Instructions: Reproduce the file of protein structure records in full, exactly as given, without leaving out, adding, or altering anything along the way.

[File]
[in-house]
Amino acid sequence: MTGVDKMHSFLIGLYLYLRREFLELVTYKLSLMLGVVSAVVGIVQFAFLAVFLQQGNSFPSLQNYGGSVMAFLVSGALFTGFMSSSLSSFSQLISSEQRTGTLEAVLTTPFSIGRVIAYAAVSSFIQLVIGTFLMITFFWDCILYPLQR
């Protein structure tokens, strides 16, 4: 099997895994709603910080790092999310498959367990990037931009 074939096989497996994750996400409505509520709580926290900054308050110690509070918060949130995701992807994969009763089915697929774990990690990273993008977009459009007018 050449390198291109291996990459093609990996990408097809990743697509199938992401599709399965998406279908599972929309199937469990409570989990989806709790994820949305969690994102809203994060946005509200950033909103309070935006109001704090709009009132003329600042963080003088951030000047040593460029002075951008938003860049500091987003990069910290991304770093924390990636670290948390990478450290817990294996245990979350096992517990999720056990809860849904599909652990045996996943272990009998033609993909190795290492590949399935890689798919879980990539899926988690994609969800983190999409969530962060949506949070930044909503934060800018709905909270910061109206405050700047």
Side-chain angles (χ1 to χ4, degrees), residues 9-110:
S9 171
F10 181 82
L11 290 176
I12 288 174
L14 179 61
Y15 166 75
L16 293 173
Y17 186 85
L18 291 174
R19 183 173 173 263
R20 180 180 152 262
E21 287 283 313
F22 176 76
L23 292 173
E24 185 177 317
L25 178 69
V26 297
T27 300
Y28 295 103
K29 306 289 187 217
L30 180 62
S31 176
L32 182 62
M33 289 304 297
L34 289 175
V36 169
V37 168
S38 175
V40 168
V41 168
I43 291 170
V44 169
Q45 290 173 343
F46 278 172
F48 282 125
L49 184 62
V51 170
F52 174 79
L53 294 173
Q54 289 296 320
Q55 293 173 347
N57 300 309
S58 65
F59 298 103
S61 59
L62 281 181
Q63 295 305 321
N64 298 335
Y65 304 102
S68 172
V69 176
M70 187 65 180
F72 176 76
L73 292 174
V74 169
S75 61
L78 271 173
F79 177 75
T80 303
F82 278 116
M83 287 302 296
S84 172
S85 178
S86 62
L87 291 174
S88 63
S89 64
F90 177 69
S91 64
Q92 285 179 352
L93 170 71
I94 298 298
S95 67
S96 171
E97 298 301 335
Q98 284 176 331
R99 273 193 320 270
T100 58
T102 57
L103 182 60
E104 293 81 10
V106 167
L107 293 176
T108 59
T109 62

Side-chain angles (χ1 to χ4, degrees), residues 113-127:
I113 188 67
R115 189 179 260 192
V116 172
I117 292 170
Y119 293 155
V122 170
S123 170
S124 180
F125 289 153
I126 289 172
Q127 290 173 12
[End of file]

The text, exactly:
[in-house]
Amino acid sequence: MTGVDKMHSFLIGLYLYLRREFLELVTYKLSLMLGVVSAVVGIVQFAFLAVFLQQGNSFPSLQNYGGSVMAFLVSGALFTGFMSSSLSSFSQLISSEQRTGTLEAVLTTPFSIGRVIAYAAVSSFIQLVIGTFLMITFFWDCILYPLQR
């Protein structure tokens, strides 16, 4: 099997895994709603910080790092999310498959367990990037931009 074939096989497996994750996400409505509520709580926290900054308050110690509070918060949130995701992807994969009763089915697929774990990690990273993008977009459009007018 050449390198291109291996990459093609990996990408097809990743697509199938992401599709399965998406279908599972929309199937469990409570989990989806709790994820949305969690994102809203994060946005509200950033909103309070935006109001704090709009009132003329600042963080003088951030000047040593460029002075951008938003860049500091987003990069910290991304770093924390990636670290948390990478450290817990294996245990979350096992517990999720056990809860849904599909652990045996996943272990009998033609993909190795290492590949399935890689798919879980990539899926988690994609969800983190999409969530962060949506949070930044909503934060800018709905909270910061109206405050700047």
Side-chain angles (χ1 to χ4, degrees), residues 9-110:
S9 171
F10 181 82
L11 290 176
I12 288 174
L14 179 61
Y15 166 75
L16 293 173
Y17 186 85
L18 291 174
R19 183 173 173 263
R20 180 180 152 262
E21 287 283 313
F22 176 76
L23 292 173
E24 185 177 317
L25 178 69
V26 297
T27 300
Y28 295 103
K29 306 289 187 217
L30 180 62
S31 176
L32 182 62
M33 289 304 297
L34 289 175
V36 169
V37 168
S38 175
V40 168
V41 168
I43 291 170
V44 169
Q45 290 173 343
F46 278 172
F48 282 125
L49 184 62
V51 170
F52 174 79
L53 294 173
Q54 289 296 320
Q55 293 173 347
N57 300 309
S58 65
F59 298 103
S61 59
L62 281 181
Q63 295 305 321
N64 298 335
Y65 304 102
S68 172
V69 176
M70 187 65 180
F72 176 76
L73 292 174
V74 169
S75 61
L78 271 173
F79 177 75
T80 303
F82 278 116
M83 287 302 296
S84 172
S85 178
S86 62
L87 291 174
S88 63
S89 64
F90 177 69
S91 64
Q92 285 179 352
L93 170 71
I94 298 298
S95 67
S96 171
E97 298 301 335
Q98 284 176 331
R99 273 193 320 270
T100 58
T102 57
L103 182 60
E104 293 81 10
V106 167
L107 293 176
T108 59
T109 62

Side-chain angles (χ1 to χ4, degrees), residues 113-127:
I113 188 67
R115 189 179 260 192
V116 172
I117 292 170
Y119 293 155
V122 170
S123 170
S124 180
F125 289 153
I126 289 172
Q127 290 173 12